I've been looking on Stack Exchange for a solution, but I cannot figure out how to apply the solution of similar statements to this problem, because the conditions seem to be weaker.

Assume $\int f > - \infty$, $f_n \geq f$ a.e. . Here, $f,f_n: X \rightarrow \mathbb{\bar{R}}$ and measurable. Now, show

$\liminf \int f_n \geq \int \liminf f_n $.

I know that I can now apply Fatou's Lemma on $f_n - f \geq 0$ to obtain

$\liminf \int f_n -f \geq \int \liminf f_n -f $

But I do not know how to proceed from here. I think I need to add $\int f$ to both sides and show that we can pull $f$ into the first integral. But how exactly does that work? It is not trivial that the integrals are linear here, because $f \not \in L^1$ and also $ f \not \geq 0$ (at least not necessarily).


If $\int f = +\infty$ then $\int f_n = +\infty$ for all $n$, and since $\liminf f_n\geq f$, $\int \liminf f_n=+\infty$ as well.

Thus we can assume that $-\infty <\int f < +\infty$ and in that case, $$\liminf \int f_n -f \geq \int \liminf f_n -f $$ imlpies that $$\liminf \int f_n \geq \int \liminf f_n$$

  • $\begingroup$ Hi, thanks for your answer! However, I have a followup question: I understand now that if $\int f = \infty$, then Fatou's Lemma is trivially true. But I fail to understand your last step: How does $\int f < \infty$ imply $\liminf \int f_n \geq \int \liminf f_n $ ? Aren't the linearlity constrains required from both functions/integrals? Do you mean that $-\infty < \int f_n < + \infty$ ? Then I would understand your conclusion, because $\int f < + \infty$ follows and linearity applies. $\endgroup$ Aug 2 at 18:53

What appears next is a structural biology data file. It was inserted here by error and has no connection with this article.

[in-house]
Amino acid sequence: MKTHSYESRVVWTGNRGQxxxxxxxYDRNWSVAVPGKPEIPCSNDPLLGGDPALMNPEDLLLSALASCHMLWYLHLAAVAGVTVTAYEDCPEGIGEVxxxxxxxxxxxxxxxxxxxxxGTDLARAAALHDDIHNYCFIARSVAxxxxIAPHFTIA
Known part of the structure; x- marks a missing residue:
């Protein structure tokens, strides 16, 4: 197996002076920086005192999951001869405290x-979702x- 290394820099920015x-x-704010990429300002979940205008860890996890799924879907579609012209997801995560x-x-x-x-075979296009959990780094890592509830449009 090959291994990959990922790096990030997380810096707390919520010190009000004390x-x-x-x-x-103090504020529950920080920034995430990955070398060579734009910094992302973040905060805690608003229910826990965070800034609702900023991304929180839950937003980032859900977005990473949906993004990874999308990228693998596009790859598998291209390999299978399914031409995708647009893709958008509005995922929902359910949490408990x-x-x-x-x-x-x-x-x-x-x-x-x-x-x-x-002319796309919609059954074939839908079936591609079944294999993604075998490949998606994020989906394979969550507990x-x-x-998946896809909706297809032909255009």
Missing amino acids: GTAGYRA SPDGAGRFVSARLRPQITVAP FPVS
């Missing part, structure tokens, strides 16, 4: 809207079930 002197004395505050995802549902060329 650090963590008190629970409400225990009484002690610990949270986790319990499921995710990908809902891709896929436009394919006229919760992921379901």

• $\begingroup$ the condition $\int f > - \infty$ is an assumption and yes I mean -as I in fact wrote- that $-\infty < \int f_n < + \infty $ $\endgroup$
    – alphaomega
    Aug 2 at 19:36
  • 1
    $\begingroup$ Well, then I got it I think. Thanks a lot for the explanation :). I wouldn't have thought about that tbh! $\endgroup$ Aug 2 at 21:57

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